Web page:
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The following article appeared in today's The Cornishman:
'Ineptitude' attack on leading university objector
"It's hard to see how his campaign can have serious authority"
By Joyce Channon
THE man behind the bid to stop the proposed £30 million university campus being built in Penzance has been described as "displaying ineptitude in the extreme with his flawed arguments."
Taking Mr. Timothy James to task over his comments in last week's Cornishman is local councillor, John Payne, a driving force in the campaign to get the campus sited in the town.
And he is not alone. He has been joined in his criticism by Douglas Cook, of Newmill, who has condemned "small groups of people trying to fight rearguard actions to change what has already been decided."
Mr. Cook says: "it would be a pity if the report gives the impression that there is now a strong movement against the Trereife site for a University of Cornwall. I am sure that support for the campus has not altered. If anything I believe it has strengthened, although I am sure there has been a great feeling of disappointment and indeed anger at the way the application was handled by the Millennium Commission."
He points out that the present situation is precarious enough - "without small groups of people trying to fight rearguard actions to change what has already been decided, and thus threaten even the possibility of a reduced scale initial development."
Comparing Mr. James' s 60-strong group to the massive local support for the initiative, Mr. Cook says it is hard to see how his campaign can have any serious authority, and stresses that it is vital that Penwith Council ensures that the opportunity to acquire the Trereife site, is not missed.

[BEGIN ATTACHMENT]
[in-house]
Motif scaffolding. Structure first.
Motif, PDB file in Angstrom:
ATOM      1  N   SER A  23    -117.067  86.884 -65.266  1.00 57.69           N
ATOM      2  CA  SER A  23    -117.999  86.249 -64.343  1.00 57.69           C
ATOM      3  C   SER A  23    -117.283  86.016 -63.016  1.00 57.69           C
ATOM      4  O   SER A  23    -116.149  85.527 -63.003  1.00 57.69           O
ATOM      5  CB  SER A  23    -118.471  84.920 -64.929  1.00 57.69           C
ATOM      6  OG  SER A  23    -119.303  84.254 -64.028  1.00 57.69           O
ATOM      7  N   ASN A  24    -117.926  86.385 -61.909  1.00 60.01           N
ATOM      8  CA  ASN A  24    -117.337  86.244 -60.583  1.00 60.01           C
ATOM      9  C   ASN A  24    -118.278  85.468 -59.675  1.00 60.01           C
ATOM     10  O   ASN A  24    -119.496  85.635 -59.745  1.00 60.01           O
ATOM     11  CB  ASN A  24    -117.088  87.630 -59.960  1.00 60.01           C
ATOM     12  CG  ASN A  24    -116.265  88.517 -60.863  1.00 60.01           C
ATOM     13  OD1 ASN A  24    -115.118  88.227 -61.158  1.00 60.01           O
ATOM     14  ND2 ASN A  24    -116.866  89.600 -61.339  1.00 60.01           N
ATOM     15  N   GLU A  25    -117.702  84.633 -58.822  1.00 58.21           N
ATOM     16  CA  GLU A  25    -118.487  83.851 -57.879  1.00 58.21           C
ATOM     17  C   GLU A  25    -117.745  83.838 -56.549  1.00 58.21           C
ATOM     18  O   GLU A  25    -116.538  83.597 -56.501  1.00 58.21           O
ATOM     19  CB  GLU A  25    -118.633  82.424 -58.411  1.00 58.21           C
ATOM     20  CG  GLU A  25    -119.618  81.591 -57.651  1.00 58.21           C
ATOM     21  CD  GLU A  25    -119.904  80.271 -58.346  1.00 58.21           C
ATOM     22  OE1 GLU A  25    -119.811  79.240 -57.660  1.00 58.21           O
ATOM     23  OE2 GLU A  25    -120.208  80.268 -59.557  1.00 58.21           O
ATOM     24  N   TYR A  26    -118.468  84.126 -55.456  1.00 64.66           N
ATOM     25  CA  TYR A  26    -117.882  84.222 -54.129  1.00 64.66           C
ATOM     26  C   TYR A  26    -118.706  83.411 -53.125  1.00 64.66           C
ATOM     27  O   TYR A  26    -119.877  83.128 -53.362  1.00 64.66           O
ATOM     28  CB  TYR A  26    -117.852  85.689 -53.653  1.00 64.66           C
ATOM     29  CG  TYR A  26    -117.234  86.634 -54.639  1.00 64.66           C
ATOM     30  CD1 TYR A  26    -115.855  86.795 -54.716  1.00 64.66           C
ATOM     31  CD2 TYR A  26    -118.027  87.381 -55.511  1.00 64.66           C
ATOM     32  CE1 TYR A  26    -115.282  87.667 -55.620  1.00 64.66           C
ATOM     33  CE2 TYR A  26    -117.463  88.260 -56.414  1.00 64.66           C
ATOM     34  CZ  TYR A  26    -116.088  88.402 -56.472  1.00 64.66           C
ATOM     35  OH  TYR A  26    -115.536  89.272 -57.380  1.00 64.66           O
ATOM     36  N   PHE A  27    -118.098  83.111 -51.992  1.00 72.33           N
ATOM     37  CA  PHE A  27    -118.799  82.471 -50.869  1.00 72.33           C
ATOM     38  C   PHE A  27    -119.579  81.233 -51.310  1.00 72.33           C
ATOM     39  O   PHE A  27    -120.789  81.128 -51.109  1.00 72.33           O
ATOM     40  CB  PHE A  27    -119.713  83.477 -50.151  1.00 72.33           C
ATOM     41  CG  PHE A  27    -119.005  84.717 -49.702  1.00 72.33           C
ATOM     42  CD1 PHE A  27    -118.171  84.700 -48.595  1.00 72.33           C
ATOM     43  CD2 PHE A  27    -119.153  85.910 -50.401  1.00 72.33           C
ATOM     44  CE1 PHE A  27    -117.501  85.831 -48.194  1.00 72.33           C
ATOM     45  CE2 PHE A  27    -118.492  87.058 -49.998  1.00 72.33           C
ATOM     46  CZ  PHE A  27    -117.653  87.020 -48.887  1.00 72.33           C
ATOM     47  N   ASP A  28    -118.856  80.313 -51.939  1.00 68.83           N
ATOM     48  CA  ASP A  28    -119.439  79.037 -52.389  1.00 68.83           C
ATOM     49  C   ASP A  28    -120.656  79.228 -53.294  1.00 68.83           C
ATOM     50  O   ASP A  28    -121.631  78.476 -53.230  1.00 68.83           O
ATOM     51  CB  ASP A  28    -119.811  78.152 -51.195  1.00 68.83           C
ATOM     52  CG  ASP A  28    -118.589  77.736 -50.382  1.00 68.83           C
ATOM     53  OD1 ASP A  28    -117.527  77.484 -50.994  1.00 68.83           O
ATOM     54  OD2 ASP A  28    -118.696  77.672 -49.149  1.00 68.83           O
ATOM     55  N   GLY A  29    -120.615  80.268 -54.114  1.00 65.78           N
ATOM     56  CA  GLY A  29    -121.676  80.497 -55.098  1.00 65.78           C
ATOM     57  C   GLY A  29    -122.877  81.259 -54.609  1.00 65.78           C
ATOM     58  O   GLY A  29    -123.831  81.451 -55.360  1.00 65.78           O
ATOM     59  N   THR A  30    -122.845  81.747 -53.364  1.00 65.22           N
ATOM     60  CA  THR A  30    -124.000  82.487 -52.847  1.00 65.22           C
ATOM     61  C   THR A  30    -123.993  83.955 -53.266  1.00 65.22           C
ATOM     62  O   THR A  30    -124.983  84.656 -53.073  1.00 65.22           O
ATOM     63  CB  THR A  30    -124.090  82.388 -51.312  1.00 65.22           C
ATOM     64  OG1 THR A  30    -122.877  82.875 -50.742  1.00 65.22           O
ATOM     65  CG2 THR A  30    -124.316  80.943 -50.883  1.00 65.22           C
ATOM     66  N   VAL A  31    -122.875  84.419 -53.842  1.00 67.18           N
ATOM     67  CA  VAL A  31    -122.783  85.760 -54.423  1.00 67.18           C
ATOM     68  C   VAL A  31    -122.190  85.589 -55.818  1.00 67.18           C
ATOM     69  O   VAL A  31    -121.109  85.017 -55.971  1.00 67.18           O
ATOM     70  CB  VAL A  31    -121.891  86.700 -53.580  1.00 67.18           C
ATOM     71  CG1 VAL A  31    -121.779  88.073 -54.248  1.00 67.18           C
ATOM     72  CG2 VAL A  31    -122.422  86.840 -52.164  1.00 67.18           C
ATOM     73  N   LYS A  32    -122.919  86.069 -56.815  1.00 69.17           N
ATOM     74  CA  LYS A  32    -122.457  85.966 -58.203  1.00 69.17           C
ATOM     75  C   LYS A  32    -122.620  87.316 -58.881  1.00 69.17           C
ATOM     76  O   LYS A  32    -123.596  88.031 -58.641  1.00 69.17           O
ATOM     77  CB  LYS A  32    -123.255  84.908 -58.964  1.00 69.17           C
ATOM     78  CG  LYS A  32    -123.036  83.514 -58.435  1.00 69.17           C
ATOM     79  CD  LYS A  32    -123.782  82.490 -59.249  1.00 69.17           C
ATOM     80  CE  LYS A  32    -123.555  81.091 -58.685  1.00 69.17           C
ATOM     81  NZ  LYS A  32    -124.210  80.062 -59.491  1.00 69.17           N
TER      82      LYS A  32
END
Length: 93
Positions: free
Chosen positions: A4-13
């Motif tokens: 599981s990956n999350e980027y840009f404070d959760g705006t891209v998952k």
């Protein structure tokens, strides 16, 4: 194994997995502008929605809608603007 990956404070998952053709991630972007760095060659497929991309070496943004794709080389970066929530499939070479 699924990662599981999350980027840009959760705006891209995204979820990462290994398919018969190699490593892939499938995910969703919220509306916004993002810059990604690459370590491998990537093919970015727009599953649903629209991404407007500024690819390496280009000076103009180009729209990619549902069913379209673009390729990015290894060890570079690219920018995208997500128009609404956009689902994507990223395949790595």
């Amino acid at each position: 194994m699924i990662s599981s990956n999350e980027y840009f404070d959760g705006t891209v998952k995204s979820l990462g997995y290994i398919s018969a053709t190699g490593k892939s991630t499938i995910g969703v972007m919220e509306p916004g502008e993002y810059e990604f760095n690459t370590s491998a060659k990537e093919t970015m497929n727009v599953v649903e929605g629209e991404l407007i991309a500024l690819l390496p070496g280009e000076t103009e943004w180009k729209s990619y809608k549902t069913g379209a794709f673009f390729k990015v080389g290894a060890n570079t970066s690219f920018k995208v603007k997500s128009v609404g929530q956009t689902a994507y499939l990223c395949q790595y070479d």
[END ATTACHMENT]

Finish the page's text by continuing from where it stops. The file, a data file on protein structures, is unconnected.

"It will," he adds, "be tragic if the benefits offered are spoiled by a failure to keep up the pressure and breadth of support needed to bring the venture to success."
Mr Payne challenges Mr James's statement that the Trereife site is too small, reminding him that it has not mysteriously shrunk from its curtilage of 80 acres - which is far in excess of the minimum required by the University. "Given that Mr James has a residence at Heamoor I would have thought he would be aware of that, says Mr. Payne.
"Secondly," he goes on, "he questions the need for Camborne School of Mines to relocate. As it is an integral part of the Exeter University structure, it is natural that it should, and by so doing will benefit as its growth at Pool is restrained and fettered, inherent by site restrictions. How he can allege that it is being poached when it is itself the gamekeeper, I fail to see. It merely wishes to mirror its own growth with that of the University.
"Thirdly, Mr James alludes that Trereife is too far west while at the same time envisaging Cornwall College dispersing itself through the county. Penzance has excellent transport links, unlike Camborne, where to coin a phrase from a well-known comedian 'Few trains stop any day let alone Wednesday.'"
Mr.Payne says that St Ives MP, Andrew George has it exactly right when he stresses the need for a physical University presence and not an internet site. He concludes: "Mr. James's group may boast 60 supporters, but we can boast Trelawney's real army, with petitions exceeding 23,000, together with endorsements which continue to roll in from prominent figures in the county including Kerrier.
"At this stage these I am not revealing as it would be like handing a 14lb hammer to a so committed a 'Luddite' as Mr. James. He states he is confident of winning, well, so was Walter Winterbottom in England soccer teams when they faced the US in the 1950 World Cup and lost 1-0.
"Save to say, we have no fear of closet coverts, but have our endeavours renewed by the words of Charles Stuart Parnell -'No one man has the right to fix a boundary to the march of a nation.'"
Copyright © Cornish Weekly Newspapers Ltd 1998
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Document preparation: Chris Salter, Original
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Last modification: 14th January 2002
Last information content change: 12th November 1998